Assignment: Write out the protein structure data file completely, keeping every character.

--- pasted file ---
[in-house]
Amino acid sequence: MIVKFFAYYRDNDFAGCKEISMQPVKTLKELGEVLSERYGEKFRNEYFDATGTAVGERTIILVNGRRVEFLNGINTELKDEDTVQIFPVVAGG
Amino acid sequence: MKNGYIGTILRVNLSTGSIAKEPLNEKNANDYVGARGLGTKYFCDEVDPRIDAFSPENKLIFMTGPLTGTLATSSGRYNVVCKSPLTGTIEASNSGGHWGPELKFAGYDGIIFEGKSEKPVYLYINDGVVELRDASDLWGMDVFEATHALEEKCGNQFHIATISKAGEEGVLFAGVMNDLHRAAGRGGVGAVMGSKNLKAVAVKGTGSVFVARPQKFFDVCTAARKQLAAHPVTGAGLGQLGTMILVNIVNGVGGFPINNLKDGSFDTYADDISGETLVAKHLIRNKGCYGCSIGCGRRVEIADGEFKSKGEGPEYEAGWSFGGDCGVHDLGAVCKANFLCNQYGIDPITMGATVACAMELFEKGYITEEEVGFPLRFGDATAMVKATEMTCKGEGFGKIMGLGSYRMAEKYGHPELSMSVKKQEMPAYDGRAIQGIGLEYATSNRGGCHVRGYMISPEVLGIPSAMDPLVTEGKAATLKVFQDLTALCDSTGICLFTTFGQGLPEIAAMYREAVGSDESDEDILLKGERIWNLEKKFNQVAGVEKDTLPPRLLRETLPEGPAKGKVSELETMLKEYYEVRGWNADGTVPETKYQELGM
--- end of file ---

[in-house]
Amino acid sequence: MIVKFFAYYRDNDFAGCKEISMQPVKTLKELGEVLSERYGEKFRNEYFDATGTAVGERTIILVNGRRVEFLNGINTELKDEDTVQIFPVVAGG
Amino acid sequence: MKNGYIGTILRVNLSTGSIAKEPLNEKNANDYVGARGLGTKYFCDEVDPRIDAFSPENKLIFMTGPLTGTLATSSGRYNVVCKSPLTGTIEASNSGGHWGPELKFAGYDGIIFEGKSEKPVYLYINDGVVELRDASDLWGMDVFEATHALEEKCGNQFHIATISKAGEEGVLFAGVMNDLHRAAGRGGVGAVMGSKNLKAVAVKGTGSVFVARPQKFFDVCTAARKQLAAHPVTGAGLGQLGTMILVNIVNGVGGFPINNLKDGSFDTYADDISGETLVAKHLIRNKGCYGCSIGCGRRVEIADGEFKSKGEGPEYEAGWSFGGDCGVHDLGAVCKANFLCNQYGIDPITMGATVACAMELFEKGYITEEEVGFPLRFGDATAMVKATEMTCKGEGFGKIMGLGSYRMAEKYGHPELSMSVKKQEMPAYDGRAIQGIGLEYATSNRGGCHVRGYMISPEVLGIPSAMDPLVTEGKAATLKVFQDLTALCDSTGICLFTTFGQGLPEIAAMYREAVGSDESDEDILLKGERIWNLEKKFNQVAGVEKDTLPPRLLRETLPEGPAKGKVSELETMLKEYYEVRGWNADGTVPETKYQELGM